TC TO LADY ASHBURTON; 17 October 1848; DOI: 10.1215/lt-18481017-TC-LA-01; CL 23: 133-134
TC TO LADY ASHBURTON
Chelsea, 17 Octr, 1848—
I have not forgotten you; I do not think I shall forget you,—not till next week, or later. If that were but of any benefit! But of what is it, or can it be, to any but my foolish self alone?— God is great!
Thanks, at any rate, for the good punctual Letter. You are always good and best; and will always be so, if it please Heaven. To me your goodness—if I could but repay it, were I not the richest of all men?—
I called thrice on Lord Ashburton,—as if I had somehow expected to find great treasures there:—the third time, yesterday, he was come (utterly wearied, as I guessed) and gone. And now your Company is all coming;—and you are not to expose yourself, and take to coughing again, in this wretched weather: that is the charge I lay on you; we cannot have you ill again! There is enough wrong otherwise, in my opinion; quite enough.
The borrowed Books are mine, and yours, “for any length of time”: if you want more or other tell me. I fancy a written List came with the borrowed Parcel: you have but to keep it, and bid Mason1 be punctual at last,—and no hurry at all with that “last.” Enough of that.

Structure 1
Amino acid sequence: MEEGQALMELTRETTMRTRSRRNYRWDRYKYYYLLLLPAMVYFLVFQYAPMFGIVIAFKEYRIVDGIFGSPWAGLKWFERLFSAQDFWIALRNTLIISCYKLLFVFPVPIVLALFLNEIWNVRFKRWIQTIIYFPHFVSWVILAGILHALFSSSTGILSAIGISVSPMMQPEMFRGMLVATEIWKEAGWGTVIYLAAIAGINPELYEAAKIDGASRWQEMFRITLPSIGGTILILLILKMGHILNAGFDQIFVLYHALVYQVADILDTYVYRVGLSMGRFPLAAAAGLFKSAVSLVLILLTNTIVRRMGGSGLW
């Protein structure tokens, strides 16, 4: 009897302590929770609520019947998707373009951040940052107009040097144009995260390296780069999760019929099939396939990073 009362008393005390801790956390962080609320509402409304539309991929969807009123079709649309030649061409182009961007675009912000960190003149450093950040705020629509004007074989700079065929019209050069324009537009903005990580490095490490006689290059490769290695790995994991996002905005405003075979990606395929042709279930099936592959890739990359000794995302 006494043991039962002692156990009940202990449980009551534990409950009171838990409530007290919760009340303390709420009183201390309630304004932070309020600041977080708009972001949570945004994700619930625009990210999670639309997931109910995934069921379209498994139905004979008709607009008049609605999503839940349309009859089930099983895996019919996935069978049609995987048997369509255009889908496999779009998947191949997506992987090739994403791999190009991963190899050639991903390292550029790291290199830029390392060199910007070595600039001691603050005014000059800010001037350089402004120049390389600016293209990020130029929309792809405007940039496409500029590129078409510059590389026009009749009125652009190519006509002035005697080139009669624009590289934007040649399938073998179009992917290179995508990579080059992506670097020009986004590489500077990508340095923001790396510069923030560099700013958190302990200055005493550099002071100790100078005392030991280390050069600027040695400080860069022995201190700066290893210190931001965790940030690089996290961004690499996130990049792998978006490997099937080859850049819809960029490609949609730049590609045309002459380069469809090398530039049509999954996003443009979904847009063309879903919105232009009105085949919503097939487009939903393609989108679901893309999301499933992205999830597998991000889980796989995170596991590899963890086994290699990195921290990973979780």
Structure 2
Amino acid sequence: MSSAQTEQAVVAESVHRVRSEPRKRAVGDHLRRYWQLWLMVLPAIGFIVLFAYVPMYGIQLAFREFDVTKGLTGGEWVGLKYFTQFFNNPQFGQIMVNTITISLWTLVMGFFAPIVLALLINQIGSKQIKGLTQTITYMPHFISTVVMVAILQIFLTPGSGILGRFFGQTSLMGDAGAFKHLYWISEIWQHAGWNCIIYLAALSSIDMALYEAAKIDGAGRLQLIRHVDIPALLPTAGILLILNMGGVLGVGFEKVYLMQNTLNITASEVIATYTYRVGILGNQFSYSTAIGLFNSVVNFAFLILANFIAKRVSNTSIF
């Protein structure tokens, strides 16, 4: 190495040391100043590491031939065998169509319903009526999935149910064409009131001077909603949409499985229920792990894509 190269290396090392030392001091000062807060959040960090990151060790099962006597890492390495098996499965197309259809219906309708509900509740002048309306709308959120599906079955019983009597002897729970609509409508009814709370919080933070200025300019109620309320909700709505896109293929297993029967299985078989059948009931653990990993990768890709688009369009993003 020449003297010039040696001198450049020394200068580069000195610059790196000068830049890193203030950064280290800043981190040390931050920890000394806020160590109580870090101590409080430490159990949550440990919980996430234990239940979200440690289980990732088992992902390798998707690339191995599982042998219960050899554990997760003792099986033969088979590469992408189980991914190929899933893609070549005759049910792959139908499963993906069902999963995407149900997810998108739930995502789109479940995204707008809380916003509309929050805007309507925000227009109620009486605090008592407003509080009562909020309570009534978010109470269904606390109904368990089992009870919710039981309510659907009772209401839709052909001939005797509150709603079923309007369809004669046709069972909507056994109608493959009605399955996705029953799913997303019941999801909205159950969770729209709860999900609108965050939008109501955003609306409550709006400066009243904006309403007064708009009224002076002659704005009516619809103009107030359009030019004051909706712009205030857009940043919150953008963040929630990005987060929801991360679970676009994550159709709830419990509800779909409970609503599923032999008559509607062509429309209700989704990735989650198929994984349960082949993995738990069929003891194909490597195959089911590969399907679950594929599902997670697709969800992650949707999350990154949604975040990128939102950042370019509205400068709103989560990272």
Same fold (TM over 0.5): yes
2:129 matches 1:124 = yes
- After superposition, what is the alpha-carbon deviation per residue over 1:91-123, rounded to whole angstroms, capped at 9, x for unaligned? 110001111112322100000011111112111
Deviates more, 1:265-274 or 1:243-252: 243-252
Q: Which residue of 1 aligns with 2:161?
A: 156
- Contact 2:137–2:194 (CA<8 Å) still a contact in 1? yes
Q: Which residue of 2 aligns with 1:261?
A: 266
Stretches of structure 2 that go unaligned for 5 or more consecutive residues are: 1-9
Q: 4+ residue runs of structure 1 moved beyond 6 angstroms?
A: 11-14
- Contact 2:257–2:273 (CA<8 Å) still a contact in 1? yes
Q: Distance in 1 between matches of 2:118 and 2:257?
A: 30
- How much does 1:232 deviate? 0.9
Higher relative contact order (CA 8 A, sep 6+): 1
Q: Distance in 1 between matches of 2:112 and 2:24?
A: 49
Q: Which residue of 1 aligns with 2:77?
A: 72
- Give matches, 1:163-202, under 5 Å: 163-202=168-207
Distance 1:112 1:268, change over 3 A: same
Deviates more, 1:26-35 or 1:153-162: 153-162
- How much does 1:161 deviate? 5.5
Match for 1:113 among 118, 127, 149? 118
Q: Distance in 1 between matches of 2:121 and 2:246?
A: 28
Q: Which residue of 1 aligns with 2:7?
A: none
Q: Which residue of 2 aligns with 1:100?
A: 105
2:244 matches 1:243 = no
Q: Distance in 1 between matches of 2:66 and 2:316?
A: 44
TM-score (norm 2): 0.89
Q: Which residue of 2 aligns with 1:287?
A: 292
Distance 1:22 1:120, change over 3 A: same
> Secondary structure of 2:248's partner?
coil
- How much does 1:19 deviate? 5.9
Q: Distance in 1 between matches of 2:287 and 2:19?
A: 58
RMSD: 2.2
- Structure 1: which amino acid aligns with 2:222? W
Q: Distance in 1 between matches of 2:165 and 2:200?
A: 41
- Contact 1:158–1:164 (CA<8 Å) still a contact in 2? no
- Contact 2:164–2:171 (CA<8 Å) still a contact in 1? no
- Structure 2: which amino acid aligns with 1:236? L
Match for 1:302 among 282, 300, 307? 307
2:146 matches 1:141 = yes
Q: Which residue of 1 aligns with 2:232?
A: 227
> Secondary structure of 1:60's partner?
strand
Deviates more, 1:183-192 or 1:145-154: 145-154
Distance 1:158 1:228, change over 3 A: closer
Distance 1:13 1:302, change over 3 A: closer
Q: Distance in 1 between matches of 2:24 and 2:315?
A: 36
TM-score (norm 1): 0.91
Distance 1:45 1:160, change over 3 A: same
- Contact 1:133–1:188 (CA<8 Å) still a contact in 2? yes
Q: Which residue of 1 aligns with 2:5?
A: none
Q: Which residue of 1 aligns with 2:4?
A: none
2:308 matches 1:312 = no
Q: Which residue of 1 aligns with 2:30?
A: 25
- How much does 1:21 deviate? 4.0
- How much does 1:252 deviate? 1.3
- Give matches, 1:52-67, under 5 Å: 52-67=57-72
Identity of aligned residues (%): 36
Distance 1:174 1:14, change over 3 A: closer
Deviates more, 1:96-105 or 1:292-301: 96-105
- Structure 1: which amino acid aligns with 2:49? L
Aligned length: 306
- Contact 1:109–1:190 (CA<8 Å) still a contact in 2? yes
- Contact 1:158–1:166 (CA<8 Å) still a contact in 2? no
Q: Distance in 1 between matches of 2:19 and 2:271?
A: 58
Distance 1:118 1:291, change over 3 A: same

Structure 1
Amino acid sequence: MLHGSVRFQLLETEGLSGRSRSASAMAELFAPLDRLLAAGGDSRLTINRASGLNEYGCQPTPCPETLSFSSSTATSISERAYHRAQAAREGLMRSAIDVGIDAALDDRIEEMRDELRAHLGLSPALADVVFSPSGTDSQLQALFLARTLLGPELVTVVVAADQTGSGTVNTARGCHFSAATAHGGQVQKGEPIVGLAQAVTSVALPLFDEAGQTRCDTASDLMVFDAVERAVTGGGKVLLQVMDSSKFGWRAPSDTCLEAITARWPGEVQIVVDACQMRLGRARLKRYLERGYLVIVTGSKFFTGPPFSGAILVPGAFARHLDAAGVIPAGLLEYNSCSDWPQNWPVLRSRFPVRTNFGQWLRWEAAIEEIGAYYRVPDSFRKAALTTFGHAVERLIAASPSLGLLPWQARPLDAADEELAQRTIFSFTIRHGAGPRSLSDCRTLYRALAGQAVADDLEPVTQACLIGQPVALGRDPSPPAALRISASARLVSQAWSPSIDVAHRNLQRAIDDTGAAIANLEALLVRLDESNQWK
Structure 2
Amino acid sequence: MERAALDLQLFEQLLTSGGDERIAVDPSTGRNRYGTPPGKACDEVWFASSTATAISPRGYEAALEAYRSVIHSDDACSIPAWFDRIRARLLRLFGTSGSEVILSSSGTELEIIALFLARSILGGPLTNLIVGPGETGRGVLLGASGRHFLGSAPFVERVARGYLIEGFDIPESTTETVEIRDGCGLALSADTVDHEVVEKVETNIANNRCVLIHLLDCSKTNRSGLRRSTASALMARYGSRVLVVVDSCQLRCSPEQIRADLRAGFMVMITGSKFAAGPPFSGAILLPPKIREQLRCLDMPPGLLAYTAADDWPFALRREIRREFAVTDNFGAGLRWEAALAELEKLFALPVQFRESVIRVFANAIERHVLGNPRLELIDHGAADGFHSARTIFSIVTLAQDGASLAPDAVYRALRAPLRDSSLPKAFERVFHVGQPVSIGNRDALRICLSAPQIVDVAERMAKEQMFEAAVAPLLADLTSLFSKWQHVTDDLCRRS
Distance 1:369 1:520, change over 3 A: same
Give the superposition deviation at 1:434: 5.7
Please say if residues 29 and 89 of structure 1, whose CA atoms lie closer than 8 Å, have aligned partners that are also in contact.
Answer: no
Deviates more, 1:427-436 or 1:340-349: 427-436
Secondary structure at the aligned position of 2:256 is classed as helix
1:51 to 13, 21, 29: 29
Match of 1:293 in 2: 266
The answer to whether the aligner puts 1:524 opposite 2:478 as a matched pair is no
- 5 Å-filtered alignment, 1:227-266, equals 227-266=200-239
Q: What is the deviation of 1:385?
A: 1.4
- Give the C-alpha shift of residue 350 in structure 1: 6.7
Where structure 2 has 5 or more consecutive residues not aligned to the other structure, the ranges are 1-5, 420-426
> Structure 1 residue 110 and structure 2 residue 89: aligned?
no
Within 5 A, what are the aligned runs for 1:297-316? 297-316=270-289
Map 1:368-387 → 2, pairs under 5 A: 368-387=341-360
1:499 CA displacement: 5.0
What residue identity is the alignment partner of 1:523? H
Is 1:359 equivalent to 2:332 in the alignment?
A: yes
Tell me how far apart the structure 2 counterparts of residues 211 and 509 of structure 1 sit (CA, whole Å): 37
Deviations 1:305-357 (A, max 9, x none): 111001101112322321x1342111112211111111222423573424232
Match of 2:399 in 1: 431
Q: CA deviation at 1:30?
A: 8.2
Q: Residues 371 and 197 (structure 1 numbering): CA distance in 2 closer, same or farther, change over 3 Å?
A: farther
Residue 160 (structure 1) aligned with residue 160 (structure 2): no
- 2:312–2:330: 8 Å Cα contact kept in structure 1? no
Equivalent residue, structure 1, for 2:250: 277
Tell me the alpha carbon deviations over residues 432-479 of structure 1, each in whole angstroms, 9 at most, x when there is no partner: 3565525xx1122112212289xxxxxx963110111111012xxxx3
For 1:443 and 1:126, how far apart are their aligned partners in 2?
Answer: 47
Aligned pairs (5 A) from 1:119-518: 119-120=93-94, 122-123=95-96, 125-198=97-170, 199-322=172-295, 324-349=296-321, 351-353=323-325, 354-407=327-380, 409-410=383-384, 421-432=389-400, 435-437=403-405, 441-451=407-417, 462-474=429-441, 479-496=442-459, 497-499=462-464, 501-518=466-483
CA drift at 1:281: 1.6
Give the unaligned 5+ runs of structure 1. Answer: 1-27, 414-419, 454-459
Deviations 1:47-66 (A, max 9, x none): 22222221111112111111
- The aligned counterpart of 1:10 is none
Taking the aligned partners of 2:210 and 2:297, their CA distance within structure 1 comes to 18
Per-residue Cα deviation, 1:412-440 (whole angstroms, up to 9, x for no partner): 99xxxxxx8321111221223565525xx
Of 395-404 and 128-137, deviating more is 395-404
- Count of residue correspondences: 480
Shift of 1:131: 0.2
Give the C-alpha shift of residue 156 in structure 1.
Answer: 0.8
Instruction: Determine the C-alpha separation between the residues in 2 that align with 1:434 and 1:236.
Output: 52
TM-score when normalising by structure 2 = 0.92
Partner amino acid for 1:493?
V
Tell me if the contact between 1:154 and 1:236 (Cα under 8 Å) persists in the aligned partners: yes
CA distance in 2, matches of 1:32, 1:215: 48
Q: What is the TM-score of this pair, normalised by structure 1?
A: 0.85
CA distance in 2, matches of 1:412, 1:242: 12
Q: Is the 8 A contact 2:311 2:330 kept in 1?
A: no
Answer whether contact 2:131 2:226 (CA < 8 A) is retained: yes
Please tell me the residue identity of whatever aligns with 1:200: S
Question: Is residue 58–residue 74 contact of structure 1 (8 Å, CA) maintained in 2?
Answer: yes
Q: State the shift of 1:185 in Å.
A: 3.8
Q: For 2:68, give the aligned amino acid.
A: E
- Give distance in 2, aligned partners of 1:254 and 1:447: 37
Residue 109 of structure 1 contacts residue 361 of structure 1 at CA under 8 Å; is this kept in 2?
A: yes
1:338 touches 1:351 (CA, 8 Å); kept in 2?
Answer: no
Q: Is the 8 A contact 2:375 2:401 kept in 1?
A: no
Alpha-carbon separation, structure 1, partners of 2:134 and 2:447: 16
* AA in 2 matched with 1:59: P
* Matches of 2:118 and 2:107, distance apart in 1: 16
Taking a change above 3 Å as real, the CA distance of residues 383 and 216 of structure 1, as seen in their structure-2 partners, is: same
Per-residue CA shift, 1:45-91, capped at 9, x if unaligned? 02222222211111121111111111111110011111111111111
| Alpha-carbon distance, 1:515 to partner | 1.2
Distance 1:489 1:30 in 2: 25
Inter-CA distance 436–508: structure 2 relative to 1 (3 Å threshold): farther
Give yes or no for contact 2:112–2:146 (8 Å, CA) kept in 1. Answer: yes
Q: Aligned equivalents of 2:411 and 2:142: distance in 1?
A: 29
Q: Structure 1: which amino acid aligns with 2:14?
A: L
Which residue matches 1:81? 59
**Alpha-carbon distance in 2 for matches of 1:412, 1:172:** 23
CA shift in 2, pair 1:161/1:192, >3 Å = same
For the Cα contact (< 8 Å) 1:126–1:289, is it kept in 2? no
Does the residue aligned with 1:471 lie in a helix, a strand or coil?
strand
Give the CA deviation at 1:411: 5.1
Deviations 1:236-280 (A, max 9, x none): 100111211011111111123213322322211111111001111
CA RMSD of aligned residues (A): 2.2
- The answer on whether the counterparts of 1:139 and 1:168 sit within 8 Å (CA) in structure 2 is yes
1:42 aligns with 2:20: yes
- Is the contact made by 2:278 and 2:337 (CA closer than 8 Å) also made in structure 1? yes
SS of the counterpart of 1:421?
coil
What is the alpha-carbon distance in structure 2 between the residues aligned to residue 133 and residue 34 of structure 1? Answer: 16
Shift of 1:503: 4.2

I have taken to scribbling on paper; but have to burn it all, so soon as scribbled. Woe is me! How can I write on Ireland, or on any earthly thing, when day and night my poor head is in a welter of bewilderments, and the highest is mingled for me with the lowest, and in a too sad sense “Chaos is come again”?2 That must alter, that must end, if there be any life left me at all.
You will write to my Wife some day? If I know that you are well, I will believe all the rest,—even I the doubter. And pray observe again, this is “not received,”—the more is the pity!
God bless you evermore, my Beautiful Lady.— “Beauty and the Beast”;—the Beast undeliverable?